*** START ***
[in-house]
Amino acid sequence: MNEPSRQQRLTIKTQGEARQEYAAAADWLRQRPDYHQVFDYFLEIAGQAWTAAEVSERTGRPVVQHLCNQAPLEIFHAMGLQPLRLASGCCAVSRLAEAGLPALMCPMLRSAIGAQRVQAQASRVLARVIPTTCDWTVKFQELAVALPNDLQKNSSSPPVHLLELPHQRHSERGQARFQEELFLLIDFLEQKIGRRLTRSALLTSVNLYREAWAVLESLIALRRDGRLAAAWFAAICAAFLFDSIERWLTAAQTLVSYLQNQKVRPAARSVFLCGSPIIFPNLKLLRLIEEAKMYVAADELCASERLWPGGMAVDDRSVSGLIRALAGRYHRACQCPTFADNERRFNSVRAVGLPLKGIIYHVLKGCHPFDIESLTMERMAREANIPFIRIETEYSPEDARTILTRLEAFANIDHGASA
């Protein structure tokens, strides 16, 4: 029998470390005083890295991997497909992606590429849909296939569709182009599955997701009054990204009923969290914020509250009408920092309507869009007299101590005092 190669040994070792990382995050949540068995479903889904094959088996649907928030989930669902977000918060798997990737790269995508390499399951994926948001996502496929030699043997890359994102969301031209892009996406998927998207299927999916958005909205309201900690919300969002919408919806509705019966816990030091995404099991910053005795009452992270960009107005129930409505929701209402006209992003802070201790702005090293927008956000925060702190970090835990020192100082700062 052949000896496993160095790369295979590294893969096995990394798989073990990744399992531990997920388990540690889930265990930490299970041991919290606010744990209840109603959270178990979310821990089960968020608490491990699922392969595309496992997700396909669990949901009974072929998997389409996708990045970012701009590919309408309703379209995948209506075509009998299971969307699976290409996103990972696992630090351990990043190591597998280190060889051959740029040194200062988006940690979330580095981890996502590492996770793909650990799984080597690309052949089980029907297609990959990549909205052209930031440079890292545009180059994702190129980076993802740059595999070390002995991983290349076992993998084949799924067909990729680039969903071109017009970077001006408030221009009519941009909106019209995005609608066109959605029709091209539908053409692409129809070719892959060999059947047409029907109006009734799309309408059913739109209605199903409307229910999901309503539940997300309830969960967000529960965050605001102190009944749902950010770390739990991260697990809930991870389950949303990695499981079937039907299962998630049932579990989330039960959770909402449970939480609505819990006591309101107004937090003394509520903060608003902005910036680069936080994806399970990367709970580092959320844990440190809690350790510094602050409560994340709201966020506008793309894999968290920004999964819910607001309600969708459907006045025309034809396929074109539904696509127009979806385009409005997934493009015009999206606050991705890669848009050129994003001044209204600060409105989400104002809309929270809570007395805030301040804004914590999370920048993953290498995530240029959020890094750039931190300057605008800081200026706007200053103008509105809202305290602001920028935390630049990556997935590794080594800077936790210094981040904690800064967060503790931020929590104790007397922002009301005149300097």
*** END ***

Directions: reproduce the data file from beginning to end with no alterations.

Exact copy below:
[in-house]
Amino acid sequence: MNEPSRQQRLTIKTQGEARQEYAAAADWLRQRPDYHQVFDYFLEIAGQAWTAAEVSERTGRPVVQHLCNQAPLEIFHAMGLQPLRLASGCCAVSRLAEAGLPALMCPMLRSAIGAQRVQAQASRVLARVIPTTCDWTVKFQELAVALPNDLQKNSSSPPVHLLELPHQRHSERGQARFQEELFLLIDFLEQKIGRRLTRSALLTSVNLYREAWAVLESLIALRRDGRLAAAWFAAICAAFLFDSIERWLTAAQTLVSYLQNQKVRPAARSVFLCGSPIIFPNLKLLRLIEEAKMYVAADELCASERLWPGGMAVDDRSVSGLIRALAGRYHRACQCPTFADNERRFNSVRAVGLPLKGIIYHVLKGCHPFDIESLTMERMAREANIPFIRIETEYSPEDARTILTRLEAFANIDHGASA
């Protein structure tokens, strides 16, 4: 029998470390005083890295991997497909992606590429849909296939569709182009599955997701009054990204009923969290914020509250009408920092309507869009007299101590005092 190669040994070792990382995050949540068995479903889904094959088996649907928030989930669902977000918060798997990737790269995508390499399951994926948001996502496929030699043997890359994102969301031209892009996406998927998207299927999916958005909205309201900690919300969002919408919806509705019966816990030091995404099991910053005795009452992270960009107005129930409505929701209402006209992003802070201790702005090293927008956000925060702190970090835990020192100082700062 052949000896496993160095790369295979590294893969096995990394798989073990990744399992531990997920388990540690889930265990930490299970041991919290606010744990209840109603959270178990979310821990089960968020608490491990699922392969595309496992997700396909669990949901009974072929998997389409996708990045970012701009590919309408309703379209995948209506075509009998299971969307699976290409996103990972696992630090351990990043190591597998280190060889051959740029040194200062988006940690979330580095981890996502590492996770793909650990799984080597690309052949089980029907297609990959990549909205052209930031440079890292545009180059994702190129980076993802740059595999070390002995991983290349076992993998084949799924067909990729680039969903071109017009970077001006408030221009009519941009909106019209995005609608066109959605029709091209539908053409692409129809070719892959060999059947047409029907109006009734799309309408059913739109209605199903409307229910999901309503539940997300309830969960967000529960965050605001102190009944749902950010770390739990991260697990809930991870389950949303990695499981079937039907299962998630049932579990989330039960959770909402449970939480609505819990006591309101107004937090003394509520903060608003902005910036680069936080994806399970990367709970580092959320844990440190809690350790510094602050409560994340709201966020506008793309894999968290920004999964819910607001309600969708459907006045025309034809396929074109539904696509127009979806385009409005997934493009015009999206606050991705890669848009050129994003001044209204600060409105989400104002809309929270809570007395805030301040804004914590999370920048993953290498995530240029959020890094750039931190300057605008800081200026706007200053103008509105809202305290602001920028935390630049990556997935590794080594800077936790210094981040904690800064967060503790931020929590104790007397922002009301005149300097």